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We all hate 3 things on the internet. SPAM, Viruses, and hackers. Each of these elements are responsible for turning a very useful tool into something that terrifies even those of us whom work to embrace and expand the use of technologies on a daily basis.
Over the years there has been a lot of criticism of companies that work to help secure us from these threats. Companies such as Symantec provide "solutions" to help remove or reduce the risk of getting a virus (or worm), an inbox filled with SPAM, or hackers breaking into your computer. The industry that these massive companies are targeting is not small, it's billions of dollars per year of our dollars being shovelled into their coffers. We all know that companies like to protect their investments, so one has to wonder if these big companies are really out to fix the problem, or if they're purposely keeping the problem alive to stay in business?
Well, it's almost ridiculous to suggest they'll ever do anything to actually stop viruses, hackers, and spam from being rampant. If anyone in these big companies has come up with a solution to these problems, you can bet they've been nicely silenced. If the world was paying you millions of dollars each year to provide a service, and you realized a way to prevent the world from needing your service -- would you tell?
Some very interesting information about a specific company (Symantec) I'm having some difficulty with has emerged. First and foremost, as I am trying to work with some ISP's that use their "Brightmail" anti-spam software, I have come to realize that there appears to be absolutely no information listed anywhere on Symantec's website(s) about how companies affected by their blacklists can contact them to be removed. There's no contact information, there's no instructions, there's not lists of criteria, no information about how they put you on their lists, nothing at all. The only information you can find is the heavy marketing and user/administrator documentation.
I've spent dozens of hours searching their website, newsgroups and the internet, and talking to ISP's and have had no success in getting any information on how to work with them about being removed from their list. Further, there does not seem to be any way for us to actually look and see if we are on their blacklists and if so, why?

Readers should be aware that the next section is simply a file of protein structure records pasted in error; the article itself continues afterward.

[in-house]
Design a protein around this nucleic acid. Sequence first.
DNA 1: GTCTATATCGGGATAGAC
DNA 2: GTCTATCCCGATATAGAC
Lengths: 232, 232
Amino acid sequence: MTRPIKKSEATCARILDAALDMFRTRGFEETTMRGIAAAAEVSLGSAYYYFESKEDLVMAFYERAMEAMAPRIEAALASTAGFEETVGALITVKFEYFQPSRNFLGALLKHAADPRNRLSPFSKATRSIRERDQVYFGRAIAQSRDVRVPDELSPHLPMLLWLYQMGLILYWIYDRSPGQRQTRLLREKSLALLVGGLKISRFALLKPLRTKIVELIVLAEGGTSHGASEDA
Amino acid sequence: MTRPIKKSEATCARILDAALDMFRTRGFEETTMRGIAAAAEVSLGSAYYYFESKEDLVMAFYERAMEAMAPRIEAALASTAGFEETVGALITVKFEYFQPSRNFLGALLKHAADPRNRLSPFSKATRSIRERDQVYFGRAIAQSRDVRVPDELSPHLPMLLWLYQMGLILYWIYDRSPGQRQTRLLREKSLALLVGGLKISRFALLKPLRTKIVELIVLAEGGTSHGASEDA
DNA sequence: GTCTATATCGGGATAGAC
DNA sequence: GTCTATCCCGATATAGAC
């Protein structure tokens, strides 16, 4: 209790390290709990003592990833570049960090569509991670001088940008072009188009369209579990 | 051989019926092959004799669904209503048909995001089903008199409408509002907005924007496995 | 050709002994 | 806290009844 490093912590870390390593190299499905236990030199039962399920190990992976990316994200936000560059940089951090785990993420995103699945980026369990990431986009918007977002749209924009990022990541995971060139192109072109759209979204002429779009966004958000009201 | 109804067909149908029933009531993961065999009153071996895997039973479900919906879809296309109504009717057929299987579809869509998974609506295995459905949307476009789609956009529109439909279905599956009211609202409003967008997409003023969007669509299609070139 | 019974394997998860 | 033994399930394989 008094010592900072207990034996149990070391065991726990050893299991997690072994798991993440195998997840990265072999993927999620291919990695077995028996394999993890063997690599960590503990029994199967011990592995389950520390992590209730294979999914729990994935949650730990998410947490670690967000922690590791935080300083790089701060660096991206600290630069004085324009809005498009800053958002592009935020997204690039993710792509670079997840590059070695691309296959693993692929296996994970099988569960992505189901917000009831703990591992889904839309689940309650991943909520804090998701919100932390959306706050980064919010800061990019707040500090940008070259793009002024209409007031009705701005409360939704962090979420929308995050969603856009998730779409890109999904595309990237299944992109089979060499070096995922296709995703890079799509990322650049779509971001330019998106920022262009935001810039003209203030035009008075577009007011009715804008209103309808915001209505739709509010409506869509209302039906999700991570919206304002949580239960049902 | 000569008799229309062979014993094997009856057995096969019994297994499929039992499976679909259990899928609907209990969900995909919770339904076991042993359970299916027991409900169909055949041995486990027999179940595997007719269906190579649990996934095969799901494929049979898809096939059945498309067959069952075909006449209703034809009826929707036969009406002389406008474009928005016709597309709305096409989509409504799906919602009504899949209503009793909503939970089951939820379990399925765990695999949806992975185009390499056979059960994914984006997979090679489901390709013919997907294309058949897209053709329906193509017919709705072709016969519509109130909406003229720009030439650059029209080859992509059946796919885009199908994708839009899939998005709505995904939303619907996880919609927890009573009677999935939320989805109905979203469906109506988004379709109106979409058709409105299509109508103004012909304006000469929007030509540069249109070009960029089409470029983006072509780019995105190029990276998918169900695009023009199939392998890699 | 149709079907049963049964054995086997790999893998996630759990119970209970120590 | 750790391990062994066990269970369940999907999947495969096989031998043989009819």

The most interesting tidbit of information came through today. If you are a company that uses Symantec Brightmail to filter email on your network (as in a paying customer), if you happen to be falsely listed in their blacklist, you have a recourse to be removed from the blacklist. Even the ISP contacts have no contact information or documentation that they can forward onto companies that contact them about being blocked. Simply stated, if you're not putting money in their pockets, they don't seem to care if you are affected by their actions.
I was put onto an interesting article that makes an interesting point about Symantec's angle:
Another site explains the battle with ISP's very well here:
While any small webhosting or ISP business owner can appreciate how difficult it is to keep up with all the technologies in use on the internet today, one of the biggest problems is dealing with these big companies that have no interest in working with the little guys. They make their big dollars with big companies buying big quantities of their big software. The big companies that buy their big software don't care any more than Symantec about the little companies that might get falsely blocked and have no recourse. When selecting an anti-spam solution, it seems no one is asking if the supplier is workin in an open and responsible way. They just want good stats that they can show to their bosses, so they can use the good stats in their marketing campaigns.
Yet again, I find myself wishing for a revolution in email. I firmly believe that there is a way to eliminate 99% of the junk mail from ever being sent, thus eliminating the need for anti-spam solutions. The problem is the same as always. Who's going to pay to develop the new generation of email server software, and who's going to get the big players on board?